Here are a few possible automated heuristics:
- Ignore all anonymous changes; if someone isn't willing to have their name included, then it may not be a good change. This can be "fixed" simply by a some non-anonymous person editing the article (even trivially).
- Ignore changes from users who have only submitted a few changes (e.g., less than 50). If a user has submitted a number of changes, and is still accepted (not banned), then the odds are higher that the user's changes are worthwhile.
- Ignore pages unless at least some number of other non-anonymous readers have read the article and/or viewed its diffs (e.g., at least 2 other readers). The notion here is that, if someone else read it, then at least some minimal level of peer review has occurred. The reader may not be able to identify subtle falsehoods, but at least "Tom Brokaw is cool" might get noticed. This approach can be foiled (e.g., by creating "bogus readers"), but many trolls won't bother to do that.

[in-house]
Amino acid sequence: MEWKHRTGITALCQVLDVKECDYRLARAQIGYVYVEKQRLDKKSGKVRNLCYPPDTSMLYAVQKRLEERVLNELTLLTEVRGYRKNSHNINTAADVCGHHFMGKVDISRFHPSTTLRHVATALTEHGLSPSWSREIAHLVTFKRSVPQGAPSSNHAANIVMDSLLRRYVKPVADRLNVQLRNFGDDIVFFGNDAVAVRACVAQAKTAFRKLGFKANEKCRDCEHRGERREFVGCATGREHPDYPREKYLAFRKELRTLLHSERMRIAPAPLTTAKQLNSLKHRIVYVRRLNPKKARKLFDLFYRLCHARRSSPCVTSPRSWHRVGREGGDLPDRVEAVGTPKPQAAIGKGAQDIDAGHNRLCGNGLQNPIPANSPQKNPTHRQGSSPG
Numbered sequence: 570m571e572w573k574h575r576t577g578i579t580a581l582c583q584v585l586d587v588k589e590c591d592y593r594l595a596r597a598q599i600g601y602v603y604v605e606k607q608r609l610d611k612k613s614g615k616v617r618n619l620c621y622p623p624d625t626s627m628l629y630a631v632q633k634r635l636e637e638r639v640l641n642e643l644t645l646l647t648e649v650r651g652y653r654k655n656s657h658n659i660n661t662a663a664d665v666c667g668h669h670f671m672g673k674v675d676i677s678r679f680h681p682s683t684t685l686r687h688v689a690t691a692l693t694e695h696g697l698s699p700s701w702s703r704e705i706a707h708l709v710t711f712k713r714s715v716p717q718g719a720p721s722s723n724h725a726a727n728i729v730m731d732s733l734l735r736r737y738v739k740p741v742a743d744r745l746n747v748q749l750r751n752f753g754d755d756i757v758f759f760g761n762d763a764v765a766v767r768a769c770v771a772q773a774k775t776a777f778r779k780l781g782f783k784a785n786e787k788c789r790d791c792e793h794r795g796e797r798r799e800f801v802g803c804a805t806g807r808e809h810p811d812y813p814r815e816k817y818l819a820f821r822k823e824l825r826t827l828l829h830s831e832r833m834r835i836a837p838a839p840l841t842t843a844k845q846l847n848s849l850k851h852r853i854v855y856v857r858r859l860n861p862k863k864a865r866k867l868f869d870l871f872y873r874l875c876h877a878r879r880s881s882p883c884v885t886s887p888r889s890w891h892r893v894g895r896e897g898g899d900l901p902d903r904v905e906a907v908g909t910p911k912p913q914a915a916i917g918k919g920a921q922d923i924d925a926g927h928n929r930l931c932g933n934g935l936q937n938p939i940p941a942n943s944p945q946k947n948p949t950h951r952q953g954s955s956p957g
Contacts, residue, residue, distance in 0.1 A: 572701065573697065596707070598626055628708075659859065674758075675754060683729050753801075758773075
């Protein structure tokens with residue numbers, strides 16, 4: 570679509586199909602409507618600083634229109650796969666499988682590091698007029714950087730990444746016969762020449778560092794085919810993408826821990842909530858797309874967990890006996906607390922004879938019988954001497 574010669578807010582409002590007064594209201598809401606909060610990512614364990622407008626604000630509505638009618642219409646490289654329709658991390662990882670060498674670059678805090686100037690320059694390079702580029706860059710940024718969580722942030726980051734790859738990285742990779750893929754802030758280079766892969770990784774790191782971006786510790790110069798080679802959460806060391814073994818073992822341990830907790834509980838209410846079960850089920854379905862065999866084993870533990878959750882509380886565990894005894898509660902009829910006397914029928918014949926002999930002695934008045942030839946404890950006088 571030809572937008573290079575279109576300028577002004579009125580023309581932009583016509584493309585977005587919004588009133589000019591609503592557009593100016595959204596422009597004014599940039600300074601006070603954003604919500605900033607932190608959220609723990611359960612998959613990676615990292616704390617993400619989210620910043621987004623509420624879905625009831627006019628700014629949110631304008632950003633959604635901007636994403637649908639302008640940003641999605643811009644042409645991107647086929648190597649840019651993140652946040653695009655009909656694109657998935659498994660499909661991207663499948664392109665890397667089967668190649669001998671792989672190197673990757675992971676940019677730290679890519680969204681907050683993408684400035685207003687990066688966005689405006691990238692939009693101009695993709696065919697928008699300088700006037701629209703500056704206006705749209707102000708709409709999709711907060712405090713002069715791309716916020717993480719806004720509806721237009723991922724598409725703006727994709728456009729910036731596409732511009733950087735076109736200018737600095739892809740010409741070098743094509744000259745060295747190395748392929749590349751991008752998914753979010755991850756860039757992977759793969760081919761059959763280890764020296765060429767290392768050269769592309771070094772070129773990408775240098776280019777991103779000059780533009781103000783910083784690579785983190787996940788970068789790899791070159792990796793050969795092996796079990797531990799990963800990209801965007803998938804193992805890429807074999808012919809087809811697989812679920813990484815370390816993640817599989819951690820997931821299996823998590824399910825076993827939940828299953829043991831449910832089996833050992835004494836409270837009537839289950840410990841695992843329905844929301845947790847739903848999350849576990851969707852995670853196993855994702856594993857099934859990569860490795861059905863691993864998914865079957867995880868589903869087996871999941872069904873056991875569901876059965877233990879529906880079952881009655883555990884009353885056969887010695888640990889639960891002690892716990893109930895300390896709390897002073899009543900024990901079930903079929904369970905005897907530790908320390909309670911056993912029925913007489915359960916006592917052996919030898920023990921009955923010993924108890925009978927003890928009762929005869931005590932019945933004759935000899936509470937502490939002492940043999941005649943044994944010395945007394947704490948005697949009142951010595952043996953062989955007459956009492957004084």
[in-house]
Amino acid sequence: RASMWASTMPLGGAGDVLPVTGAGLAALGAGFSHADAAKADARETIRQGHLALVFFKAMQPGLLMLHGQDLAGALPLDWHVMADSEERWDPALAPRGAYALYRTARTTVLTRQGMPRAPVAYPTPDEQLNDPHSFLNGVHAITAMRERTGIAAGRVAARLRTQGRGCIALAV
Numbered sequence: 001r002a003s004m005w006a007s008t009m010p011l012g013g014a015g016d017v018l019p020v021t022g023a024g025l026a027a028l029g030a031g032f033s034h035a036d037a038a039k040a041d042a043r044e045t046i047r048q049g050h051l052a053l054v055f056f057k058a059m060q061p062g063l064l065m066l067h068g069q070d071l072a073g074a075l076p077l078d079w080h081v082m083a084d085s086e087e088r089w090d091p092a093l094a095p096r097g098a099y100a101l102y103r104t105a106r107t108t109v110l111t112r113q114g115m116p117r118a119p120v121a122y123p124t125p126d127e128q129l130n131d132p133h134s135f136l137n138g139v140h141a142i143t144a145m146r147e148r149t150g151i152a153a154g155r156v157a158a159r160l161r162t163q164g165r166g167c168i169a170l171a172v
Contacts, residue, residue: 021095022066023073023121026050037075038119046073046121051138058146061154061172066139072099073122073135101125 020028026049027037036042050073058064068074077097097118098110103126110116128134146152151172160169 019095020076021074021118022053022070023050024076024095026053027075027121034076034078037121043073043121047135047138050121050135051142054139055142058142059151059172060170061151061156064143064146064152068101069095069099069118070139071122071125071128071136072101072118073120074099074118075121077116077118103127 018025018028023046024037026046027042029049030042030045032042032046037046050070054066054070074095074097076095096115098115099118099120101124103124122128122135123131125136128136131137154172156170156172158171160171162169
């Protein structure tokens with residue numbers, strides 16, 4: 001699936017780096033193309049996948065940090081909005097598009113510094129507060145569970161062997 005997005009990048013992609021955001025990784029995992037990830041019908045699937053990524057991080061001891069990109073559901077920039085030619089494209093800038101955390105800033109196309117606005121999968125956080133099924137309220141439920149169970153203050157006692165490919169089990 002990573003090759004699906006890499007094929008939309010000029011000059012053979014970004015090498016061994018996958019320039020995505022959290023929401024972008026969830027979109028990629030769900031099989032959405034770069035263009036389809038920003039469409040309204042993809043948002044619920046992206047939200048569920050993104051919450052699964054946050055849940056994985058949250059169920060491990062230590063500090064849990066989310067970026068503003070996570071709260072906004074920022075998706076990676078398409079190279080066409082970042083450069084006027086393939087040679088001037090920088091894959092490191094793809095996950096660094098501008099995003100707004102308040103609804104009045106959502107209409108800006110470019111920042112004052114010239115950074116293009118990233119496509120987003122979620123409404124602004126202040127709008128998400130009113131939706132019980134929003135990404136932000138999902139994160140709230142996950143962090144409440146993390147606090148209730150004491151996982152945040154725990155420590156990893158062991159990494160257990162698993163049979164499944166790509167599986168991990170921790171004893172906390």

These heuristics can be combined with the expert rating systems discussed elsewhere here. An advantage of these automated approaches is that they can be applied immediately.
Other automated heuristics can be developed by developing "trust metrics" for people. Instead of trying to rank every article (or as a supplement to doing so), rank the people. After all, someone who does good work on one article is more likely to do good work on another article. You could use a scheme like Advogato's, where people identify how much they respect (trust) someone else. You then flow down the graph to find out how much each person should be trusted. For more information, see Advogato's trust metric information. Even if the Advogato metric isn't perfect, it does show how a few individuals could list other people they trust, and over time use that to derive global information. The Advogato code is available - it's GPLed.